Photo by UN Photo/Sylvain Liechti
Last month we were asked to provide a series of inputs to the Advisory Group of Experts working on the Review of the Peacebuilding Architecture (PBA). All of those papers are available at the bottom of this note, and we will be featuring guest posts by a number of the authors to dive in to some of these topics over the next few weeks. But today I wanted to explore some ideas related to the outcomes of the review.
In our paper on conceptual issues we discussed the lack of a working definition of peacebuilding. But the more that I reflect, the more I think that it is urgent for the panel to tackle the Peacebuilding Commission’s (PBC’s) lack of a purpose.
The 2004 High Level Panel on Threats Challenges and Change, when first proposing a peacebuilding architecture, called for “…a single intergovernmental organ dedicated to peacebuilding, empowered to monitor and pay close attention to countries at risk, ensure concerted action by donors, agencies, programmes and financial institutions, and mobilize financial resources for sustainable peace.”
This requires a PBC that works with the Security Council, in a mutually reinforcing way. The current iteration of the PBC has struggled to find a good working relationship with the Council – and in part because of this, failed to address the core needs outlined by the HLP. Four particular truths remain:
There is, of course, no single way to build peace. Perfect coordination is arguably not desirable, and certainly not achievable. But there is no question that the current system is neither effective enough, nor efficient enough.
The PBC should both fix its relationship with the Council and find a purpose by:
This idea requires a vastly different Peacebuilding Support Office (PBSO), and perhaps even a different PBC. It could require a stronger Secretariat, and longer-term Member State commitments to service on the PBC, as well as greater requirements for participation. I am sure that there are further flaws that some of you can point out.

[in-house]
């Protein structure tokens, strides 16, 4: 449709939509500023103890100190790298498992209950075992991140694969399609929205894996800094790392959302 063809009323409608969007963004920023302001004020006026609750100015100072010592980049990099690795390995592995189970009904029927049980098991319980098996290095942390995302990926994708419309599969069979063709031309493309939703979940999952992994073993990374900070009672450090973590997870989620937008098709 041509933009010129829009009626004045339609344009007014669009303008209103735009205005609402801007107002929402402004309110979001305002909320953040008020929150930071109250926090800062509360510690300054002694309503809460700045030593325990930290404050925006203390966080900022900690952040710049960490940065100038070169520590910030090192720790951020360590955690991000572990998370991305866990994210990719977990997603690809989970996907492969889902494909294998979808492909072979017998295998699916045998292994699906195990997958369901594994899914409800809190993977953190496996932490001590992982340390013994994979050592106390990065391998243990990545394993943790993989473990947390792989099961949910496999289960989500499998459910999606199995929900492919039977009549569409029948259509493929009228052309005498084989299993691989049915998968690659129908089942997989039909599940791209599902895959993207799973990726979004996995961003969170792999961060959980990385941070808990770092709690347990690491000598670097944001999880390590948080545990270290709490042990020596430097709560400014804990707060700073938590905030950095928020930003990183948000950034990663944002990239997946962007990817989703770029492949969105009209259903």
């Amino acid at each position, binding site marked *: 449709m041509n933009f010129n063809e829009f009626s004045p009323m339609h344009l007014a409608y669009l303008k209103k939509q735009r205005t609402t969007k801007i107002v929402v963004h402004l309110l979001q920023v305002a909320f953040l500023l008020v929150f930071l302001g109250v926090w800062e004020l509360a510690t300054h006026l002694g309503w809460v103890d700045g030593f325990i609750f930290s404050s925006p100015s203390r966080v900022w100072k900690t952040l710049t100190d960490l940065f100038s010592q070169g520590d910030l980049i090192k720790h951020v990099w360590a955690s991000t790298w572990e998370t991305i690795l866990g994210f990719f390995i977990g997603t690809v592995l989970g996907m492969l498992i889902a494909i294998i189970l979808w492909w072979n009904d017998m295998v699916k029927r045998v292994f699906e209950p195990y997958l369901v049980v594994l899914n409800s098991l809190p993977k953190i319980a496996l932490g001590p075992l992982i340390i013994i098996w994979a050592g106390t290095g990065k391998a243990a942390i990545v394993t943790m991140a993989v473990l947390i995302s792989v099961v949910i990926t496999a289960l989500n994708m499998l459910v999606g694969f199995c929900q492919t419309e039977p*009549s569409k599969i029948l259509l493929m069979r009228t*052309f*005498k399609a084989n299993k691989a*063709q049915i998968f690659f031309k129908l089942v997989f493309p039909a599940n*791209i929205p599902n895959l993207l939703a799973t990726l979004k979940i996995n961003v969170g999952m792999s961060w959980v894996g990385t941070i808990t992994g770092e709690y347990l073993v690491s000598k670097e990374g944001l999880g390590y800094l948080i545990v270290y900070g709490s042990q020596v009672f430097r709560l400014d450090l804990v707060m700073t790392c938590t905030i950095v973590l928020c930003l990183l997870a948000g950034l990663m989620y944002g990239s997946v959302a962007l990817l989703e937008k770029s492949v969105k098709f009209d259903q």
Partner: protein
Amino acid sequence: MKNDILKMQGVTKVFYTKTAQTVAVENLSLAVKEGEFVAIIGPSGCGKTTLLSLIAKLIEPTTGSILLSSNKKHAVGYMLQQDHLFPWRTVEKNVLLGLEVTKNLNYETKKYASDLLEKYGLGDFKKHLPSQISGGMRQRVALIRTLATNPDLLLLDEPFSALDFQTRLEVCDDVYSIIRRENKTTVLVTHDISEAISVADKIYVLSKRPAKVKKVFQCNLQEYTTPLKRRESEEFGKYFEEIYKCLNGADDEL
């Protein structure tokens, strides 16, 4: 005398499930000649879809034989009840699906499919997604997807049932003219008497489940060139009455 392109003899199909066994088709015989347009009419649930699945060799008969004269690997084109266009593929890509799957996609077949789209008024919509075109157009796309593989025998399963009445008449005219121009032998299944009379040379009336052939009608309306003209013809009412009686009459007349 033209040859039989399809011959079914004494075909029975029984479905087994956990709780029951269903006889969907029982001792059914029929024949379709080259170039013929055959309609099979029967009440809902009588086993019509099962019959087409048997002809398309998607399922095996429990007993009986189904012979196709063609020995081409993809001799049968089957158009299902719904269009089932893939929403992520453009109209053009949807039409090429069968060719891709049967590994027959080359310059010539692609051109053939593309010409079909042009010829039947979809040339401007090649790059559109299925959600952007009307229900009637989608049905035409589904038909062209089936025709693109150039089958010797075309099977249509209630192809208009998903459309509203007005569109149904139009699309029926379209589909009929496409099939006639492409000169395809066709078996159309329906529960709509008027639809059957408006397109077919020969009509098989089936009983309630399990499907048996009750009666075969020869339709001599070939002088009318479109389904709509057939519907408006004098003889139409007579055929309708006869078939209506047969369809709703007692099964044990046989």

This model would offer a clear role and value-added for the PBC, and a clear role with respect to the Security Council. As such, it would strengthen the performance of the United Nations as a whole and its ability to support countries emerging from conflict.
There is also one critical area that the review should not touch: It should not argue for more inter-governmental processes that micro-manage the UN response to conflict. As the Civilian Capacity Review (and the Brahimi report before it) have argued, the UN needs more flexibility, not less. This means that the review and the PBA should stay out of the UN’s planning and analysis problems and architectural issues. These are serious, and must be addressed. But this is not the right time or place.
When the PBC’s serious engagement with countries, using the model described above, raises questions on planning processes, the Commission could certainly engage the Secretary-General and push for sorely-needed improvements. But this should be done when the PBC has marshalled the required evidence, rather than because the Review wants to solve all the problems of peacebuilding.
Finally, if the panel cannot find a clear rationale for the Peacebuilding Commission’s existence, it should recommend that it be shut down.
This is overwhelmingly unlikely and would be difficult. But it is an obligation on independent processes to use their independence to help the UN improve. And another lumbering, purposeless set of meetings is not what people in conflict-affected countries need from their United Nations.